Today while researching information on teaching algebraic fractions, I stumbled across this cool lesson plan
from Open Learn Works on introducing algebraic expressions with a real
life context. This is one of the first lesson plans I've seen that
invokes a situation that does not sound contrived to explain algebraic
expressions.

Too often the only time I see algebraic
expressions is associated with verbal expressions without any
mathematical context but this lesson plans puts the expressions in
context and the questions tend to be open so there is no single correct
answer.

The first activity in the first section has
students look at a picture and a situation to determine which items are
constant or variables. Some things like parking are constant because
the number of spaces available never change but the number of people
using the car parks vary every day. I like this because it shows how
real life items can be classified as variables or constants. Although
the situation is in India, it would be quite easy to change it to a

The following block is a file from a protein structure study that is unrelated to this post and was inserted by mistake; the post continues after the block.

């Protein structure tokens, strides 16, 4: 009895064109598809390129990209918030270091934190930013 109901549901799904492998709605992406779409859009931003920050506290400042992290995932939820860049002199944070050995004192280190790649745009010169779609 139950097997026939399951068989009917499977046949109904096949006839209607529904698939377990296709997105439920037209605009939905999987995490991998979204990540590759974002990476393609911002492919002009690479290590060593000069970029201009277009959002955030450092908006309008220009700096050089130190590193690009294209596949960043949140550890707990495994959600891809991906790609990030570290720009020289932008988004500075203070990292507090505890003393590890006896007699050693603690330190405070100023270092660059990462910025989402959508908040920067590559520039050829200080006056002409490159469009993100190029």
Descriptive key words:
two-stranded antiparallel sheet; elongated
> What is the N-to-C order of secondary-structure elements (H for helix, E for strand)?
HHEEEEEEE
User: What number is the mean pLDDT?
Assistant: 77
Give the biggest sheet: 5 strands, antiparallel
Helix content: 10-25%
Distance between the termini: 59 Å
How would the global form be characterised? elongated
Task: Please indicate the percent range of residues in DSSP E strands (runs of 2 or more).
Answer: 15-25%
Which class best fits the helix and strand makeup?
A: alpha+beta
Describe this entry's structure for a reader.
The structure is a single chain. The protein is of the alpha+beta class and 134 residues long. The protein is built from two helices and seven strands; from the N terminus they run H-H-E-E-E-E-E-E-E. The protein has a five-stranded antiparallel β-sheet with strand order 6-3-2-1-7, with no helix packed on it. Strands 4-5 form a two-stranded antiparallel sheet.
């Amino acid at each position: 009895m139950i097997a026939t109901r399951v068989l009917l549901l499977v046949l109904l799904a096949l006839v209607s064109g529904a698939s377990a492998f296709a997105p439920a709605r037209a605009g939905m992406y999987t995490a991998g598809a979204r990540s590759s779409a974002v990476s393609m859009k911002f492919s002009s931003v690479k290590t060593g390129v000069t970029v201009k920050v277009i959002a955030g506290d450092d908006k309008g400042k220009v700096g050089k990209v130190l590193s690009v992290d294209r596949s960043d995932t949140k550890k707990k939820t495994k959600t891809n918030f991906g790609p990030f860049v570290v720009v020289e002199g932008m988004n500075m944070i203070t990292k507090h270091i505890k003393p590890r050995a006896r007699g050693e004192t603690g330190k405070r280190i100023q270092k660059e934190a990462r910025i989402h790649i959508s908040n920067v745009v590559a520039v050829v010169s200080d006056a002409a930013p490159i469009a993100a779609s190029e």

local shopping mall.

The second activity in the same
section requires students to choose four variables to create algebraic
expressions with. The process chosen uses mind maps, selecting
quantifiers, and putting it all together into expressions that could be
used to model a facet of the situation. These two activities tie the
pieces together.

The second section focuses on real
life applications of substitution and keeps in mind alternatives and
possibilities while keeping limitations and restrictions in mind.
Activity three has students make up stories to go with algebraic
expressions such as 2x + 4 might represent that you bought four more
twice the number of pastries than Sally bought the day before for work.
Or the double decker bus can carry twice more than a regular bus and
still has room for four more people. Students choose the context of the
expression. The fourth section has students take the expression and
generalize it.

The lesson is actually a unit that
could take a week to do, exposes students to real life thinking for a
mathematical situation that they have experience with. This activity
for me requires some serious thought because the town only has a
population of about 1000 people and its extremely isolated. Most
students have been to Anchorage but there are a few who have never left
the village. So I might have to choose a mall in Anchorage.

I
like the lesson because provides specific details of a nice open ended
situation which will encourage higher order thinking to complete the
activity. Check it out and enjoy.